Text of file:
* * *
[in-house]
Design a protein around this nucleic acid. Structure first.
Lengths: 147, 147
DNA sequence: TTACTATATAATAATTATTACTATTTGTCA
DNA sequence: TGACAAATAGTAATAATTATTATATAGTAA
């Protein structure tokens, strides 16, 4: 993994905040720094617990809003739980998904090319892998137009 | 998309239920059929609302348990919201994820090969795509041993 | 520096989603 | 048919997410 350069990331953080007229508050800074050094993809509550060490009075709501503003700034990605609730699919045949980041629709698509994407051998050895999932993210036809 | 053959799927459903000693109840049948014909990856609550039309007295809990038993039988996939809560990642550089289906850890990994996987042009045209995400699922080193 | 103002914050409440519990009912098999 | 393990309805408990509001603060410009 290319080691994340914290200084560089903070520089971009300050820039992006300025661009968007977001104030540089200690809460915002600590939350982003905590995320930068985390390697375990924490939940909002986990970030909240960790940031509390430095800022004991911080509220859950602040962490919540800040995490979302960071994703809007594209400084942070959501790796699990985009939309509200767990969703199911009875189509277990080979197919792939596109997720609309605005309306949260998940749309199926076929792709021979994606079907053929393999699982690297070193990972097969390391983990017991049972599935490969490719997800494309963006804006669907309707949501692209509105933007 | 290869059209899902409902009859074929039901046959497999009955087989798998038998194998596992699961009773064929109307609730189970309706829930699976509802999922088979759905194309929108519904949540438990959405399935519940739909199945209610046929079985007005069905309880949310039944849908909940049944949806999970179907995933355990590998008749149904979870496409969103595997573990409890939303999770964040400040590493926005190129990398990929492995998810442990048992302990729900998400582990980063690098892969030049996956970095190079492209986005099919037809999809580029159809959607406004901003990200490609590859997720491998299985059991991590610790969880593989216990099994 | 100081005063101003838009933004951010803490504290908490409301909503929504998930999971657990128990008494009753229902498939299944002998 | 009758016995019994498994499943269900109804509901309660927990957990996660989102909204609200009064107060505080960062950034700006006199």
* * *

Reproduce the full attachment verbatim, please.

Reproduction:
[in-house]
Design a protein around this nucleic acid. Structure first.
Lengths: 147, 147
DNA sequence: TTACTATATAATAATTATTACTATTTGTCA
DNA sequence: TGACAAATAGTAATAATTATTATATAGTAA
């Protein structure tokens, strides 16, 4: 993994905040720094617990809003739980998904090319892998137009 | 998309239920059929609302348990919201994820090969795509041993 | 520096989603 | 048919997410 350069990331953080007229508050800074050094993809509550060490009075709501503003700034990605609730699919045949980041629709698509994407051998050895999932993210036809 | 053959799927459903000693109840049948014909990856609550039309007295809990038993039988996939809560990642550089289906850890990994996987042009045209995400699922080193 | 103002914050409440519990009912098999 | 393990309805408990509001603060410009 290319080691994340914290200084560089903070520089971009300050820039992006300025661009968007977001104030540089200690809460915002600590939350982003905590995320930068985390390697375990924490939940909002986990970030909240960790940031509390430095800022004991911080509220859950602040962490919540800040995490979302960071994703809007594209400084942070959501790796699990985009939309509200767990969703199911009875189509277990080979197919792939596109997720609309605005309306949260998940749309199926076929792709021979994606079907053929393999699982690297070193990972097969390391983990017991049972599935490969490719997800494309963006804006669907309707949501692209509105933007 | 290869059209899902409902009859074929039901046959497999009955087989798998038998194998596992699961009773064929109307609730189970309706829930699976509802999922088979759905194309929108519904949540438990959405399935519940739909199945209610046929079985007005069905309880949310039944849908909940049944949806999970179907995933355990590998008749149904979870496409969103595997573990409890939303999770964040400040590493926005190129990398990929492995998810442990048992302990729900998400582990980063690098892969030049996956970095190079492209986005099919037809999809580029159809959607406004901003990200490609590859997720491998299985059991991590610790969880593989216990099994 | 100081005063101003838009933004951010803490504290908490409301909503929504998930999971657990128990008494009753229902498939299944002998 | 009758016995019994498994499943269900109804509901309660927990957990996660989102909204609200009064107060505080960062950034700006006199």